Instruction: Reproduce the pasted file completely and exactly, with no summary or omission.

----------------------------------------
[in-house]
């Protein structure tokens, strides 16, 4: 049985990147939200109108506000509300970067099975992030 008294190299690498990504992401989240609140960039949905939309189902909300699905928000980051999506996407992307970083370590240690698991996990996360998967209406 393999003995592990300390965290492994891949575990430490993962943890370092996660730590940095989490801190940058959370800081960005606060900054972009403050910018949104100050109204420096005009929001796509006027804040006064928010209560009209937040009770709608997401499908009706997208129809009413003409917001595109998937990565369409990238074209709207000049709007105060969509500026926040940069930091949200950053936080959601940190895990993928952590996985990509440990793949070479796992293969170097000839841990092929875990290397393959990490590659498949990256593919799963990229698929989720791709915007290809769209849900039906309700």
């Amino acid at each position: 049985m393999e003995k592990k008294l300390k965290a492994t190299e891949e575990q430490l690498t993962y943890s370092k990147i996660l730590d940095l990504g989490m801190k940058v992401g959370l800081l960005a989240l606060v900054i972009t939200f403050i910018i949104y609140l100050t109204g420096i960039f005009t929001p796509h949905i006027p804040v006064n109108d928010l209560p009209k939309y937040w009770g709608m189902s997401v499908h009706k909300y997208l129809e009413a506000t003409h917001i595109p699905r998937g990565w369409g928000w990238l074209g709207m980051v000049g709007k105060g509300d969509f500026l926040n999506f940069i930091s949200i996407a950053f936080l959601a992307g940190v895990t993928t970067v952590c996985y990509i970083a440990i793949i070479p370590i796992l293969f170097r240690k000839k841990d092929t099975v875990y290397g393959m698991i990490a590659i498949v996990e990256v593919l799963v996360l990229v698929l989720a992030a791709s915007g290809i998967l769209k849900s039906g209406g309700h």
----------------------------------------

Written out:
[in-house]
């Protein structure tokens, strides 16, 4: 049985990147939200109108506000509300970067099975992030 008294190299690498990504992401989240609140960039949905939309189902909300699905928000980051999506996407992307970083370590240690698991996990996360998967209406 393999003995592990300390965290492994891949575990430490993962943890370092996660730590940095989490801190940058959370800081960005606060900054972009403050910018949104100050109204420096005009929001796509006027804040006064928010209560009209937040009770709608997401499908009706997208129809009413003409917001595109998937990565369409990238074209709207000049709007105060969509500026926040940069930091949200950053936080959601940190895990993928952590996985990509440990793949070479796992293969170097000839841990092929875990290397393959990490590659498949990256593919799963990229698929989720791709915007290809769209849900039906309700």
């Amino acid at each position: 049985m393999e003995k592990k008294l300390k965290a492994t190299e891949e575990q430490l690498t993962y943890s370092k990147i996660l730590d940095l990504g989490m801190k940058v992401g959370l800081l960005a989240l606060v900054i972009t939200f403050i910018i949104y609140l100050t109204g420096i960039f005009t929001p796509h949905i006027p804040v006064n109108d928010l209560p009209k939309y937040w009770g709608m189902s997401v499908h009706k909300y997208l129809e009413a506000t003409h917001i595109p699905r998937g990565w369409g928000w990238l074209g709207m980051v000049g709007k105060g509300d969509f500026l926040n999506f940069i930091s949200i996407a950053f936080l959601a992307g940190v895990t993928t970067v952590c996985y990509i970083a440990i793949i070479p370590i796992l293969f170097r240690k000839k841990d092929t099975v875990y290397g393959m698991i990490a590659i498949v996990e990256v593919l799963v996360l990229v698929l989720a992030a791709s915007g290809i998967l769209k849900s039906g209406g309700h």